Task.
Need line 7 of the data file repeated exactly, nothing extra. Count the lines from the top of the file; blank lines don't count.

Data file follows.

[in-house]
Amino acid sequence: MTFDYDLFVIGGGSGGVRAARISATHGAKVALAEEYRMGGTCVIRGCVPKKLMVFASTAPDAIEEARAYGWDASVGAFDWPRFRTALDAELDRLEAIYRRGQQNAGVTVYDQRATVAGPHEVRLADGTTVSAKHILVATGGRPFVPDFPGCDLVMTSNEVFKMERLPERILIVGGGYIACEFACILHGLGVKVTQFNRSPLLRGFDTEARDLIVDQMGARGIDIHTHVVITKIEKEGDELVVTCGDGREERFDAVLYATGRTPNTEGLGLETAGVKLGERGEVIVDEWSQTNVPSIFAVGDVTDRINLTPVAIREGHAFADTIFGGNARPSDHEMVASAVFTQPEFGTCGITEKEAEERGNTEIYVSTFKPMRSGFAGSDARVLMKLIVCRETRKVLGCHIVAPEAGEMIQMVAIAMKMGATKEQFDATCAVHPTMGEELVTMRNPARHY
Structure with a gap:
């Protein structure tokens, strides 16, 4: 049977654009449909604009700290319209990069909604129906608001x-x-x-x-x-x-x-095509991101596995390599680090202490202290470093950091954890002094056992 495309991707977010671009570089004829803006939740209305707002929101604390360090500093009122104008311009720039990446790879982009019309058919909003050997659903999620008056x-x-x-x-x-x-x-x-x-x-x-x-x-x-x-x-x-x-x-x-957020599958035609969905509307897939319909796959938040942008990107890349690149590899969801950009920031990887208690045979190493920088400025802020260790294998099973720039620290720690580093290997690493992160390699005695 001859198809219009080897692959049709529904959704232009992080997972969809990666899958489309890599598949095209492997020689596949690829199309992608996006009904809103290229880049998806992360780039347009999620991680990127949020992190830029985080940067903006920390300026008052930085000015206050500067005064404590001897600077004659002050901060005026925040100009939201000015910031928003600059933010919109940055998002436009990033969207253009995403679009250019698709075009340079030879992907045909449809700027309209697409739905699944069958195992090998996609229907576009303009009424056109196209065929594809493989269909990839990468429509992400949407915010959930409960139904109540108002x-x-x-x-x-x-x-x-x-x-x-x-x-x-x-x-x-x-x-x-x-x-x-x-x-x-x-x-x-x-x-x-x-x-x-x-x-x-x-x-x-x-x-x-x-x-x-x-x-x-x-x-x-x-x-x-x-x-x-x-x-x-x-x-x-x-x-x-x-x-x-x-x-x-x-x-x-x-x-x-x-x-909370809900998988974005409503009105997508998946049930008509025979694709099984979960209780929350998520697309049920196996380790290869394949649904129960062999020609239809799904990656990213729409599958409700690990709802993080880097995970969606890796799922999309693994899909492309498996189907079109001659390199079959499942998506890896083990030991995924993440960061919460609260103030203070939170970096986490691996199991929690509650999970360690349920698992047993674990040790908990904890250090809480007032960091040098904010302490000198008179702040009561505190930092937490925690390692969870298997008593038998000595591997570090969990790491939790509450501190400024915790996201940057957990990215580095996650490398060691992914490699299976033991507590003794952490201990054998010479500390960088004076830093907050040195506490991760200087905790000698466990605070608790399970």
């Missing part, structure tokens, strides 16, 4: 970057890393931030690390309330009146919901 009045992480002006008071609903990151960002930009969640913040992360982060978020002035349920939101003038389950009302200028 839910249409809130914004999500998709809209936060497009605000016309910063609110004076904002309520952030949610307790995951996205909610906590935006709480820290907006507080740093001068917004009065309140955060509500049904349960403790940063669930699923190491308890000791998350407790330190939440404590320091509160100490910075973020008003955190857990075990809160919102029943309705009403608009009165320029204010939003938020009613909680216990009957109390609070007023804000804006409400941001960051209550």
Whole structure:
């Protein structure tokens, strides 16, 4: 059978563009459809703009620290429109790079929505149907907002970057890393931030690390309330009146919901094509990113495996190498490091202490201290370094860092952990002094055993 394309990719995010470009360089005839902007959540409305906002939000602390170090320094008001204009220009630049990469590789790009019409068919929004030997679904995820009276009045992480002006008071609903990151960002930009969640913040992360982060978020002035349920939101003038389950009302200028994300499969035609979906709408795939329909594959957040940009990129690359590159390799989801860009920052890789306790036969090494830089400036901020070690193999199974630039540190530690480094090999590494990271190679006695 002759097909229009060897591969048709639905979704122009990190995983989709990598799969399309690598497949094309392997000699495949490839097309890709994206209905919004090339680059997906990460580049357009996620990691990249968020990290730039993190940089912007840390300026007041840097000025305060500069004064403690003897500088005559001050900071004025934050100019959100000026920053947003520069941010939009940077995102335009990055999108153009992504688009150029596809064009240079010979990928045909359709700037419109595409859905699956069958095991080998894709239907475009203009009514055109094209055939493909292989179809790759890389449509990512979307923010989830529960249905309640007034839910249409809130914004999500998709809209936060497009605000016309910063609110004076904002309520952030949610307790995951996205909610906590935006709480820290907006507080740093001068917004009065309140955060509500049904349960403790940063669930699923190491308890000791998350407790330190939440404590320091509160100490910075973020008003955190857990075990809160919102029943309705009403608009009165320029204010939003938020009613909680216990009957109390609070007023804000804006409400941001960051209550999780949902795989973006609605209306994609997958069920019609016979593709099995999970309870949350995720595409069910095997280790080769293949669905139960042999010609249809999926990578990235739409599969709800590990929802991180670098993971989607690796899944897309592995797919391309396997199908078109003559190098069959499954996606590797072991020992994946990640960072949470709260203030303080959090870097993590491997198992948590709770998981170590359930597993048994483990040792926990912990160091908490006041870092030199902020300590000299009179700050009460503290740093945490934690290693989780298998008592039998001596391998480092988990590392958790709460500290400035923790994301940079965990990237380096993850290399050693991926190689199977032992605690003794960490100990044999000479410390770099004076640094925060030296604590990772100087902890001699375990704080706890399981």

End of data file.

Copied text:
């Protein structure tokens, strides 16, 4: 059978563009459809703009620290429109790079929505149907907002970057890393931030690390309330009146919901094509990113495996190498490091202490201290370094860092952990002094055993 394309990719995010470009360089005839902007959540409305906002939000602390170090320094008001204009220009630049990469590789790009019409068919929004030997679904995820009276009045992480002006008071609903990151960002930009969640913040992360982060978020002035349920939101003038389950009302200028994300499969035609979906709408795939329909594959957040940009990129690359590159390799989801860009920052890789306790036969090494830089400036901020070690193999199974630039540190530690480094090999590494990271190679006695 002759097909229009060897591969048709639905979704122009990190995983989709990598799969399309690598497949094309392997000699495949490839097309890709994206209905919004090339680059997906990460580049357009996620990691990249968020990290730039993190940089912007840390300026007041840097000025305060500069004064403690003897500088005559001050900071004025934050100019959100000026920053947003520069941010939009940077995102335009990055999108153009992504688009150029596809064009240079010979990928045909359709700037419109595409859905699956069958095991080998894709239907475009203009009514055109094209055939493909292989179809790759890389449509990512979307923010989830529960249905309640007034839910249409809130914004999500998709809209936060497009605000016309910063609110004076904002309520952030949610307790995951996205909610906590935006709480820290907006507080740093001068917004009065309140955060509500049904349960403790940063669930699923190491308890000791998350407790330190939440404590320091509160100490910075973020008003955190857990075990809160919102029943309705009403608009009165320029204010939003938020009613909680216990009957109390609070007023804000804006409400941001960051209550999780949902795989973006609605209306994609997958069920019609016979593709099995999970309870949350995720595409069910095997280790080769293949669905139960042999010609249809999926990578990235739409599969709800590990929802991180670098993971989607690796899944897309592995797919391309396997199908078109003559190098069959499954996606590797072991020992994946990640960072949470709260203030303080959090870097993590491997198992948590709770998981170590359930597993048994483990040792926990912990160091908490006041870092030199902020300590000299009179700050009460503290740093945490934690290693989780298998008592039998001596391998480092988990590392958790709460500290400035923790994301940079965990990237380096993850290399050693991926190689199977032992605690003794960490100990044999000479410390770099004076640094925060030296604590990772100087902890001699375990704080706890399981």